• Create designs with Canva using their free web or mobile applications- this is how I create all of the graphics for my website, with the exception of my logo

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Drawing images by hand for high resolution scans

A few tips for drawing diagrams and pictures that can be converted to high resolution images:

  • High contrast tools like markers, Sharpie pens, high contrast pens, and similar writing tools work best
  • If using a dry erase board, make sure the board has been wiped clean and there are no shadows, and use bold ink colors that are not faded
  • Use cardstock or other thick paper to avoid having ink bleed through or reflections/artifacting on the scanned images
  • For uniform shapes, use tools like rulers, protractors, compasses, and similar
  • Avoid wrinkled paper or paper that has been crumbled

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Tips for scanning high resolution images

  • Use the highest resolution available for scanners and printers
  • Position pages flat on a table, and use a different colored background- avoid scanning white paper on top of a white desk when possible
  • If using a mobile scanner, make sure that there is no shadow cast over the image
  • For mobile scanning, I love the Microsoft Office Lens application for Android and iOS- I’ve linked an entire post about Microsoft Office Lens below

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Searching for high resolution images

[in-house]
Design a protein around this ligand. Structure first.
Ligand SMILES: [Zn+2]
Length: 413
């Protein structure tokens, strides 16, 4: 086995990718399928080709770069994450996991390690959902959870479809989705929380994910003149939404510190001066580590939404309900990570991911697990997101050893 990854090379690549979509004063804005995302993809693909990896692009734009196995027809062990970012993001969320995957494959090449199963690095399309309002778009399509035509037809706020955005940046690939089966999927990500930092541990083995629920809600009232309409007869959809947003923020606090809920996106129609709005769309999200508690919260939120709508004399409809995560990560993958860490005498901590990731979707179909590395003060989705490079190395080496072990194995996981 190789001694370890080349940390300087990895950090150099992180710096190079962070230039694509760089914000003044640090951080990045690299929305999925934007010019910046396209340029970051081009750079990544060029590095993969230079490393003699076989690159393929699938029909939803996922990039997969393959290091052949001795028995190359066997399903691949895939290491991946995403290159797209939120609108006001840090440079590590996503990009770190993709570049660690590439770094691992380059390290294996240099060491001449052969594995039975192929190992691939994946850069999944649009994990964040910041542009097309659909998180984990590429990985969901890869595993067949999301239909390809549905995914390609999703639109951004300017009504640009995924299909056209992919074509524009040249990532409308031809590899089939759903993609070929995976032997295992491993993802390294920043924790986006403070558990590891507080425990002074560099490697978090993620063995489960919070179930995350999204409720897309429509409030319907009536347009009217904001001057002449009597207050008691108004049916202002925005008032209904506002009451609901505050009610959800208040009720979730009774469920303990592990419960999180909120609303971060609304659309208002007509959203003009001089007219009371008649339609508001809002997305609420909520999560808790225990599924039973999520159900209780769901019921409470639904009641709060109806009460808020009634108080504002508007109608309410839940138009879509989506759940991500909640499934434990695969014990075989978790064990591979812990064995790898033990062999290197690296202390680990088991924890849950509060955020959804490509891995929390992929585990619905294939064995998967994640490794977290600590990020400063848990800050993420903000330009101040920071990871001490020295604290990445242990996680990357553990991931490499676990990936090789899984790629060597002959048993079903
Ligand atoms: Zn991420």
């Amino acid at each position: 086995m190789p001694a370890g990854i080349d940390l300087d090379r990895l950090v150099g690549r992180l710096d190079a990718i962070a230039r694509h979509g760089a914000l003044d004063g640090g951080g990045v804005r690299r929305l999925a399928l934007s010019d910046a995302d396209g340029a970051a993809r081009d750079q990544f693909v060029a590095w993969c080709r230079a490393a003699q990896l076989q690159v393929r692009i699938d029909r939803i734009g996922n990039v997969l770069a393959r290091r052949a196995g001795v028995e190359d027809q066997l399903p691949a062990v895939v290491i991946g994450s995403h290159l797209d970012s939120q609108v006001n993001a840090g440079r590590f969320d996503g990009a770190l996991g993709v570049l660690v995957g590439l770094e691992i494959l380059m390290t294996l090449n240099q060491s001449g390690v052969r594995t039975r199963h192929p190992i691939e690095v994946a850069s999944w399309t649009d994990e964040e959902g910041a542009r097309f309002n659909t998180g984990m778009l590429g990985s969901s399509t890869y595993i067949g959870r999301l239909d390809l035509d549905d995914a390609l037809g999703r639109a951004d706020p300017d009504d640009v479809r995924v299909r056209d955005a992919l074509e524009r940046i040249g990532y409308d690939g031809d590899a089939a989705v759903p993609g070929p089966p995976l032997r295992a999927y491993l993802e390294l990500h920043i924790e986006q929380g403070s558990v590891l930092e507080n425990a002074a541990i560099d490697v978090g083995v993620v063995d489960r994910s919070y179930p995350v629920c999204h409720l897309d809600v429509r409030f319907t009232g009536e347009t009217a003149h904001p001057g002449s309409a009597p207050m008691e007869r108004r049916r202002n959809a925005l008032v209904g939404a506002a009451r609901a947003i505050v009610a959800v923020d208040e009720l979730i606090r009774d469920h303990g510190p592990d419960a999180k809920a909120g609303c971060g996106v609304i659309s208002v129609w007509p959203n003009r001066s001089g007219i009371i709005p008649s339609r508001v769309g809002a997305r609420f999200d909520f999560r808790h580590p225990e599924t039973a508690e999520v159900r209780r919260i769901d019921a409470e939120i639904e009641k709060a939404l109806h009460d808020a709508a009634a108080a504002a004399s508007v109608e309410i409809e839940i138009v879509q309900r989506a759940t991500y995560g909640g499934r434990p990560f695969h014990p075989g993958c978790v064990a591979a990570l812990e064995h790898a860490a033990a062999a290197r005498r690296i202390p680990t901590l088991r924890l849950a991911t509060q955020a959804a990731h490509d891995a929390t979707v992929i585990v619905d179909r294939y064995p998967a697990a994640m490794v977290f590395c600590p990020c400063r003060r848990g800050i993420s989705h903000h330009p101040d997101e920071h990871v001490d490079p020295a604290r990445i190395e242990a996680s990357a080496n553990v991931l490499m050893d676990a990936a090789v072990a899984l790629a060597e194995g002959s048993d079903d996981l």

Several search engines have filters for finding HD or high resolution images, along with options to search for images with a minimum resolution. This can be done by selecting the Filter option on Bing or Tools on Google, and choosing a size from the drop-down menu.

Some examples of websites that have a large amount of high resolution images include:

  • Wikimedia Commons
  • US Government websites
  • Museum archives
  • University libraries/.edu websites
  • Pexels

Reverse search for high resolution images

Already have an image and looking to see if it’s available in a higher resolution? Run a reverse search for an image to see if there are other image dimensions available on other websites. A few options for doing this include:

  • Right clicking or long-pressing on an image on any website and selecting Search For This Image
  • Selecting an image in the image search results page and selecting Search for This Image or Additional Sizes
  • Upload the image to
  • Select the Visual Search icon on Pinterest to search for an image on Pinterest

Improving the resolution of existing images

There are a few tools online and that are available with photo editing applications for increasing the resolution of images and improving the clarity of existing images, including:

  • PicsArt AI photo enhancements and the ability to resize images
  • Free websites for increasing photo resolution- Fotor is one example
  • Adobe Express Image Enhancer, a free tool from Adobe that I’ve used in an internship

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More tips on how to create high resolution images for low vision

  • When working on classwork, I like to open images in a new tab to magnify them, as this is easier than trying to zoom in on the page.
  • Other materials such as tape or stickers can be added to paper to create high resolution images- this is helpful for creating solid lines
  • Want to learn more about making images accessible? Check out How To Write Alt Text and Image Descriptions for the Visually Impaired

Here are my favorite tips for how to create high resolution images for low vision users- a must have for students with visual impairments!